How much federal money already goes to Detroit?

August 2, 2013


Members of the House of Representatives are trying to gather support from other members of Congress to hold hearings on a federal fund to help Detroit through its bankruptcy.

As I have been saying for months, the likelihood of a federal bailout for Detroit is miniscule. Federal spending, excluding transfer payments like Social Security, Medicare and Medicaid, has been shrinking as a percentage of the U.S. GDP. The federal government’s discretionary spending is contracting. Moreover, it is difficult to find the political will to rebuild Detroit. Federal money is spent on sudden, massive disasters like Hurricane Sandy, not on a slow crash like Detroit.

The likelihood of a federal bailout for Detroit is small to none, but there is a discussion about the funds that the federal government sends to Detroit on an annual basis. This has been a form of life support for the city. The question is how much Detroit already receives from the federal government.

Bloomberg wrote:

President Barack Obama proposed giving Colombia about $323 million in aid next year, mostly to combat drug trafficking and violence. Detroit, with an 81 percent higher homicide rate, will get $108.2 million.

It’s an interesting comparison, but after studying Detroit’s financials, this number looked odd to me. Here are Detroit’s revenues from its 2012 Comprehensive Annual Financial Report (CAFR) page 47. Detroit received $253 million of federal funds last year. The “General Fund” (the main house account of the city) received $61 million, and “Other Governmental Funds” received $192 million. This would be about 16 percent of the $1.5 billion of total city revenues.

Detroit is already getting significant federal funds. It’s very important that Detroit get a better handle on its use of federal money. That alone could provide a boost to the city. Especially since the likelihood of additional federal money is low.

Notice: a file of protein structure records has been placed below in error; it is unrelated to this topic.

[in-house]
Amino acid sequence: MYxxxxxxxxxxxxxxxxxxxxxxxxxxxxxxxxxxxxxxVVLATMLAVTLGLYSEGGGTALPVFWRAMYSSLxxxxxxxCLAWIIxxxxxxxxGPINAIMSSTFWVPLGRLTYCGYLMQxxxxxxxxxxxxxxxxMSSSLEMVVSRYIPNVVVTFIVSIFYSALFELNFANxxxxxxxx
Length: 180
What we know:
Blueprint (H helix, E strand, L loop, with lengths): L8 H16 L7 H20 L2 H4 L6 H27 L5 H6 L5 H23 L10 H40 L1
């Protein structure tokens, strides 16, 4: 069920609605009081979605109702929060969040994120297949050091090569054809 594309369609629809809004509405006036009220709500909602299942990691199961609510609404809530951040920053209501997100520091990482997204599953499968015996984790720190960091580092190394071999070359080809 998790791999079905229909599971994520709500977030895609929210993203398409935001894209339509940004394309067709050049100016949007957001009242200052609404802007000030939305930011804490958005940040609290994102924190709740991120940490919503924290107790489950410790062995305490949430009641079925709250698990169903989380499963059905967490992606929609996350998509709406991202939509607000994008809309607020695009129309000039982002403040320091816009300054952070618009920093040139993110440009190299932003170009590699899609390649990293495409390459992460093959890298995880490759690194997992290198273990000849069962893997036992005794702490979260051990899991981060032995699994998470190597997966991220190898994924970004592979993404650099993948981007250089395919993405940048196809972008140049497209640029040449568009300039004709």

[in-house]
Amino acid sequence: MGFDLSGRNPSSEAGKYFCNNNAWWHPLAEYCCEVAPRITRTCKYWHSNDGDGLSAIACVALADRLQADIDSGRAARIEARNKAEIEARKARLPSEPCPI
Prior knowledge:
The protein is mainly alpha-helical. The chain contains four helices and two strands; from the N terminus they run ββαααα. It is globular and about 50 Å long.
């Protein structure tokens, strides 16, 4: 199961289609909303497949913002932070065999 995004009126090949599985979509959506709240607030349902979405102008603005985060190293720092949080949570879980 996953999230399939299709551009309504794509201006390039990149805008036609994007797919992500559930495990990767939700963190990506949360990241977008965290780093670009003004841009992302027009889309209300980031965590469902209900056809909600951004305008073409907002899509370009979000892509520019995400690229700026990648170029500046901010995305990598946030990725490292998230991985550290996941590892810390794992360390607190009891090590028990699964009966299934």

Chart: Federal Reserve Bank of St. Louis


We welcome comments that advance the story through relevant opinion, anecdotes, links and data. If you see a comment that you believe is irrelevant or inappropriate, you can flag it to our editors by using the report abuse links. Views expressed in the comments do not represent those of Reuters. For more information on our comment policy, see

Nothing can be done without severely hitting the Public Unions. Detroit’s Pension system and number of Public Employee’s is the biggest use of the cities ongoing debt. There are crap public sector jobs like basically typist and trash collectors making over $20 an hour plus benefits. What should be low end jobs that don’t take a college degree are making more then some college degree skilled jobs just because public sector. Now that IS an issue.

Posted by Syanis | Report as abusive

Just as we have ghost towns out west today, we have the ability to create and perhaps already have ghost towns or cities today.

Posted by my2sons | Report as abusive

The city receives about $290 million annually in 71 different grants — from community development block grants to Justice Department funding for police. Nowling noted the city at various times has misspent grant funding or been out of compliance with grant requirements. The group also would help ensure the city is in compliance with all grant requirements…

The city also is trying to determine how much grant funding is unspent. Nowling said there are reports that some grants with 15 to 25 percent of funds unspent. Levin told Orr he wants to work with him to “identify ways to look for federal funding through individual programs,” Nowling said.

From The Detroit News: 813/METRO01/308130020

Posted by Cate_Long | Report as abusive